newssun
SHARP 
Weather Updates

County reports first human West Nile case since ‘10

| Sun-Times Media

| Sun-Times Media

storyidforme: 35349889
tmspicid: 12905714
fileheaderid: 5962632
Article Extras
Story Image

Updated: October 15, 2012 1:52PM



WAUKEGAN — The first human case of West Nile virus since 2010 has been diagnosed in Lake County, officials said Wednesday.

A spokeswoman with the Lake County Health Department/Community Health Center said a 68-year-old male resident of the Lake County side of Buffalo Grove tested positive for West Nile encephalitis. He was hospitalized and discharged.

In addition to the first human case, 52 pools (batches) of mosquitoes and three birds have tested positive for West Nile virus in Lake County this year.

Officials said the county is currently tracking ahead of its count for 2005, which had the highest number of positive mosquito pools and birds. That year, 167 mosquito pools, 12 birds, and 11 people tested positive for the illness and one death occurred.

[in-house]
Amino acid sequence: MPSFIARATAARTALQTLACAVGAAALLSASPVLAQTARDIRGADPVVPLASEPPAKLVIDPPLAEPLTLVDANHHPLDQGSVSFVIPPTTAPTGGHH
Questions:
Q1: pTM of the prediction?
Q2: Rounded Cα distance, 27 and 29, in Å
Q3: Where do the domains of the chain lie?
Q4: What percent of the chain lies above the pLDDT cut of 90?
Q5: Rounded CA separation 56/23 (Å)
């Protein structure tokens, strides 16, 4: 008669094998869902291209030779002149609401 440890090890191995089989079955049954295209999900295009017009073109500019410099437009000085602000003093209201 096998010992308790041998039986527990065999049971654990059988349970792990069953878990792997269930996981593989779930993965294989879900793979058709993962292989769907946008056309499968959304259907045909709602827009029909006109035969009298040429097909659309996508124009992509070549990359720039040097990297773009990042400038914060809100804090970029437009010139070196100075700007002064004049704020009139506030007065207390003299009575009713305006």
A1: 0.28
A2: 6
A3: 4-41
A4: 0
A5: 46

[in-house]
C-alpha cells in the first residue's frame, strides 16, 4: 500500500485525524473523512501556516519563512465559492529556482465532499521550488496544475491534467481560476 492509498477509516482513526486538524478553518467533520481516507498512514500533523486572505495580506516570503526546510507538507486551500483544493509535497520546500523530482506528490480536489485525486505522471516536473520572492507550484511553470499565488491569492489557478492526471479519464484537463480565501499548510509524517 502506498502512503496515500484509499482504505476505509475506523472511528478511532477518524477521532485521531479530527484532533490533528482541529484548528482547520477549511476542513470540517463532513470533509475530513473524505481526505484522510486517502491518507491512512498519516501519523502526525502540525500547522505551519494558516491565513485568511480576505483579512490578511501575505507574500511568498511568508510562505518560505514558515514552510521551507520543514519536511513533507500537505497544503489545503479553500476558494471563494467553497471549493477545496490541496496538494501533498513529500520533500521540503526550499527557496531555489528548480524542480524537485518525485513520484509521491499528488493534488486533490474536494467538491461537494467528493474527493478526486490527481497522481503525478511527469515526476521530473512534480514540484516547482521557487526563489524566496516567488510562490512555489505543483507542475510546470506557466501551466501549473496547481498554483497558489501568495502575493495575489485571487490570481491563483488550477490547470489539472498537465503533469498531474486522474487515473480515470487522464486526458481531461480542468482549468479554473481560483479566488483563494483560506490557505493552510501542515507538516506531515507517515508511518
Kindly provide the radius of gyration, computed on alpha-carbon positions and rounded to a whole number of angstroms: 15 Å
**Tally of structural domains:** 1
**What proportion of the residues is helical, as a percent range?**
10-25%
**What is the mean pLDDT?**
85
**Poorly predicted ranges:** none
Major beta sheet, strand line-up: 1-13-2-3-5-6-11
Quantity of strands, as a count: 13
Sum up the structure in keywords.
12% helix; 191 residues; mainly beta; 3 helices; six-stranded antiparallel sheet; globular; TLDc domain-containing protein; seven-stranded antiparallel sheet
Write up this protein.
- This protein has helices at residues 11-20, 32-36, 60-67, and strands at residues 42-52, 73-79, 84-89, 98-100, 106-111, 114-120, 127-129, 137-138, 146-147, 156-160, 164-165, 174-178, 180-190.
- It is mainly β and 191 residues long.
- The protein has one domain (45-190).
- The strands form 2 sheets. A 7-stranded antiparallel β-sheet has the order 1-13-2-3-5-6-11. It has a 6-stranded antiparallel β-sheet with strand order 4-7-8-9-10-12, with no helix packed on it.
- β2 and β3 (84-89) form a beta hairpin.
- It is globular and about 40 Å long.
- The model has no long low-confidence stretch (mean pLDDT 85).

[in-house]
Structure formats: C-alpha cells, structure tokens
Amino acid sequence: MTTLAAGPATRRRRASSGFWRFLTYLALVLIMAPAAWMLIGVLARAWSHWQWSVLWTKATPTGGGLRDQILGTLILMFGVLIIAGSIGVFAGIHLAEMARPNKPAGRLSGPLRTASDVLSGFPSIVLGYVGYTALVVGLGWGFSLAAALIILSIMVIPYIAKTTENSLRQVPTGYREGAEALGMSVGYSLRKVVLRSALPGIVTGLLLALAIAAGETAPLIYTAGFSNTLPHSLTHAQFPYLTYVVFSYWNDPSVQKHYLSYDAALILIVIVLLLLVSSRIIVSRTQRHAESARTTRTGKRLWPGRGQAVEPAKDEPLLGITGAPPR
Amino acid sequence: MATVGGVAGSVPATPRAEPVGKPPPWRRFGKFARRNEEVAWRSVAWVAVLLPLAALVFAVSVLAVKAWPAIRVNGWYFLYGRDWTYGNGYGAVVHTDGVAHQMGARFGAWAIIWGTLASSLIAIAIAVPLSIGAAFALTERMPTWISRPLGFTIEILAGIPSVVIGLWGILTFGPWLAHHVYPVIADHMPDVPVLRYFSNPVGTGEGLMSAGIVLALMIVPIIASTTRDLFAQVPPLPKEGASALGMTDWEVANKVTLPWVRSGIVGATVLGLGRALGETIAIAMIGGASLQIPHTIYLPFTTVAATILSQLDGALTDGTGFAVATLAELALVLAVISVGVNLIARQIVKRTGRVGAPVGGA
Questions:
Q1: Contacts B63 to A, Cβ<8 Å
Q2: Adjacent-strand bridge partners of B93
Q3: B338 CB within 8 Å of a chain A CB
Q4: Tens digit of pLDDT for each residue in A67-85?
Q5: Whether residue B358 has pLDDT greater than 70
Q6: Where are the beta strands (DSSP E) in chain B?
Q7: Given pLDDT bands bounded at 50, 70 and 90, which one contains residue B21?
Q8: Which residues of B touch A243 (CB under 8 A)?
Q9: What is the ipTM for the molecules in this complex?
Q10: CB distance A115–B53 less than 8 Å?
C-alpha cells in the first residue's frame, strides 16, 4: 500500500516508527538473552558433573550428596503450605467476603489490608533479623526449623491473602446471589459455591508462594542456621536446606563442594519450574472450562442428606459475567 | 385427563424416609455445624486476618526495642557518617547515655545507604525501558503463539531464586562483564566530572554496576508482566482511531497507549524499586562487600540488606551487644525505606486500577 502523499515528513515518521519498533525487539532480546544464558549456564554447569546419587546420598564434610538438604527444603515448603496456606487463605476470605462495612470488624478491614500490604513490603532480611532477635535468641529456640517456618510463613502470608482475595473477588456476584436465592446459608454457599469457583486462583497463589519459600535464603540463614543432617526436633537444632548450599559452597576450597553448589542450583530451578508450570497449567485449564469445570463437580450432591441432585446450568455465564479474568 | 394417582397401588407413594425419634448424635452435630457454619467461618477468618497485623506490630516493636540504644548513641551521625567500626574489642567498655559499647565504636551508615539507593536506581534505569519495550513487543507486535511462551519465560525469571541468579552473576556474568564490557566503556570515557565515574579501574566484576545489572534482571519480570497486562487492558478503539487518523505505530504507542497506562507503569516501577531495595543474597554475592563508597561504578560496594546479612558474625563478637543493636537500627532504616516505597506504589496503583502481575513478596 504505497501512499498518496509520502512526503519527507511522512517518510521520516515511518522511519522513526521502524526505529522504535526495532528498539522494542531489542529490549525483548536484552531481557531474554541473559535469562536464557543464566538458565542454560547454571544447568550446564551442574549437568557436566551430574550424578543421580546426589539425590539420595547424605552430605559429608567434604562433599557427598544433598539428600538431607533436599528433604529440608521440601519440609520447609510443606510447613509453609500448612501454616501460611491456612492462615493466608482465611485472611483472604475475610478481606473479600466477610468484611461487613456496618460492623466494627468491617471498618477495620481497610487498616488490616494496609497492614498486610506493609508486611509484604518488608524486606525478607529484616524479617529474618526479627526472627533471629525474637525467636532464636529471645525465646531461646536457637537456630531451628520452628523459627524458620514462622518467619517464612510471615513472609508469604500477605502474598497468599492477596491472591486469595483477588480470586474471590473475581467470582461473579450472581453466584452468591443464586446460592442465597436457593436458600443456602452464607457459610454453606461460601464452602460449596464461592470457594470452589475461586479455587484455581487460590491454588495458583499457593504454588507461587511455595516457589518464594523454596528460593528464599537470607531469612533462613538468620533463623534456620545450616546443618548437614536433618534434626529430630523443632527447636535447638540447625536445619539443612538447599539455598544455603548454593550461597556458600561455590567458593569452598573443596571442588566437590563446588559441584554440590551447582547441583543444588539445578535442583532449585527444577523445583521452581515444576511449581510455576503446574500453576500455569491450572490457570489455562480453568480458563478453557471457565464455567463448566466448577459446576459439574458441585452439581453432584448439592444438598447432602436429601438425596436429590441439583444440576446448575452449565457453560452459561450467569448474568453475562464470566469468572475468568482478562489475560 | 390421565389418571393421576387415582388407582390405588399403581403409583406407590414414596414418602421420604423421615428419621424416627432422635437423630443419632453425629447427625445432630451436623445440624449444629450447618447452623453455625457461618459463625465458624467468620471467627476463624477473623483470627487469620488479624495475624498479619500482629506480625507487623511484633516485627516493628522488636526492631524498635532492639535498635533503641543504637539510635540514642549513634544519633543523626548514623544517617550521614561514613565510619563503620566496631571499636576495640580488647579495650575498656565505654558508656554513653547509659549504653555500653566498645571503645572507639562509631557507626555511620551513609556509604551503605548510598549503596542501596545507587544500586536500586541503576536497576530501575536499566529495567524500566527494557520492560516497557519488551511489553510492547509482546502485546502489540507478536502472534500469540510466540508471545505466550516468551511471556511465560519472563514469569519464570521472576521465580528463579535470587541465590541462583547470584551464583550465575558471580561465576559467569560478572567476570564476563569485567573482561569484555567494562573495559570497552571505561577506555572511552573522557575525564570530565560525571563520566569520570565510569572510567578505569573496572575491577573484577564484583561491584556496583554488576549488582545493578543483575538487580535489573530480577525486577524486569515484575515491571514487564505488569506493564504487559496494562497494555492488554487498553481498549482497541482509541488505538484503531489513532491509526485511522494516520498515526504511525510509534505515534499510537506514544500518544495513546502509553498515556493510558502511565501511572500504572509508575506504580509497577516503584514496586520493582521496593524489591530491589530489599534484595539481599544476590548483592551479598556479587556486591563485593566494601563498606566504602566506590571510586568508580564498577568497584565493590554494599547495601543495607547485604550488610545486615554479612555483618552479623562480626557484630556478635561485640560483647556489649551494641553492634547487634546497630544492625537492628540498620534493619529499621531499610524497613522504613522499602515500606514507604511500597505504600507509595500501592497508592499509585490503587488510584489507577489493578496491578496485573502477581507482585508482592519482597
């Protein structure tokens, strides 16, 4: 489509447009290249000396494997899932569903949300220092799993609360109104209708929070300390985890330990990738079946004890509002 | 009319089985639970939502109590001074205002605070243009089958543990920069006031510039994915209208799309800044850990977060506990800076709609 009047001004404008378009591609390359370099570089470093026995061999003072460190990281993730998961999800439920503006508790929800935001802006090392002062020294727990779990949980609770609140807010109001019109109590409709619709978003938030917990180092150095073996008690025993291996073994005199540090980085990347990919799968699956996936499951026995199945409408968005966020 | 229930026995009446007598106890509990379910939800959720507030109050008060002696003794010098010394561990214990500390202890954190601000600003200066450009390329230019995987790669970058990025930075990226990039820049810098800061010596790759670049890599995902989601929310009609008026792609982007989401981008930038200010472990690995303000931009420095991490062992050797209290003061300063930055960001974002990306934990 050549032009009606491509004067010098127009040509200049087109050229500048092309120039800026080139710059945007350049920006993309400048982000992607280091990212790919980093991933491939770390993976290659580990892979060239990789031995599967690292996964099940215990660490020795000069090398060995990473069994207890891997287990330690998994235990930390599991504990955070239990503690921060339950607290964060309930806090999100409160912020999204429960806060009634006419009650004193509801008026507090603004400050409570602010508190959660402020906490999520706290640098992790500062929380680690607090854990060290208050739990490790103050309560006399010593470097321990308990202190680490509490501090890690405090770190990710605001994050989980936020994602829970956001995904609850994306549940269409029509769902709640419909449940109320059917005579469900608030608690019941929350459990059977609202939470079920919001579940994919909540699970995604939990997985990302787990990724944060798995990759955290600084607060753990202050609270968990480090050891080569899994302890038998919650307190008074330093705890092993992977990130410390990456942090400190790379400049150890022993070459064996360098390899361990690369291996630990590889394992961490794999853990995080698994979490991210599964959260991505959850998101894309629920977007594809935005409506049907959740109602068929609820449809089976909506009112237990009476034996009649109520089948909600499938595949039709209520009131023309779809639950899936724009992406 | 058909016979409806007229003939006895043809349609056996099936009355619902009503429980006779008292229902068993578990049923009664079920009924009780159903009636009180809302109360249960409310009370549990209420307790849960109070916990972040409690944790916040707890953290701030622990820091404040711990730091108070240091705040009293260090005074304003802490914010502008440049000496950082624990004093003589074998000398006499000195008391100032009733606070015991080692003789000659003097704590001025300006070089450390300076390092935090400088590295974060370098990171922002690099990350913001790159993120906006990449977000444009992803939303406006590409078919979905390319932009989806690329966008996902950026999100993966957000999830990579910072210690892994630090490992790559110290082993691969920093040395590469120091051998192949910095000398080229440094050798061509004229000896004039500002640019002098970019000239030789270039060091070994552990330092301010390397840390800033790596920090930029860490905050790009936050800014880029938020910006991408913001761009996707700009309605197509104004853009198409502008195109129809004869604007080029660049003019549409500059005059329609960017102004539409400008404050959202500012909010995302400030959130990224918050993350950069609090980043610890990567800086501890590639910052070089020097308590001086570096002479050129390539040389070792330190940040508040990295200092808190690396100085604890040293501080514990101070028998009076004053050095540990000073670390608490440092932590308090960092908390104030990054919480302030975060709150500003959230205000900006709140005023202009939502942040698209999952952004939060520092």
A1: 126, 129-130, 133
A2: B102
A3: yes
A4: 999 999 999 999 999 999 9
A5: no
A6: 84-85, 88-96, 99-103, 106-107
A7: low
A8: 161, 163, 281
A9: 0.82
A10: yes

The Health Department is continuing to urge people to take precautions against mosquito bites. Health officials statewide expect higher numbers of the virus because of the drought.

“Protection against mosquito bites is very important right now,” said Irene Pierce, the Health Department’s executive director. “The risk for transmission of the virus is the highest it has been in years. You can protect yourself and your family by following the three R’s — reduce your exposure to mosquitoes, repel them by wearing insect repellent, and report areas where mosquitoes typically breed.”

While most people infected with the virus have no symptoms of illness, some may become ill, usually three to 15 days after the bite of an infected mosquito. The virus may occasionally cause serious complications.

In some individuals, particularly the elderly, the virus can cause muscle weakness, inflammation of the brain (encephalitis), stiff neck, stupor, disorientation, tremors, convulsions, paralysis, coma or death.



© 2014 Sun-Times Media, LLC. All rights reserved. This material may not be copied or distributed without permission. For more information about reprints and permissions, visit www.suntimesreprints.com. To order a reprint of this article, click here.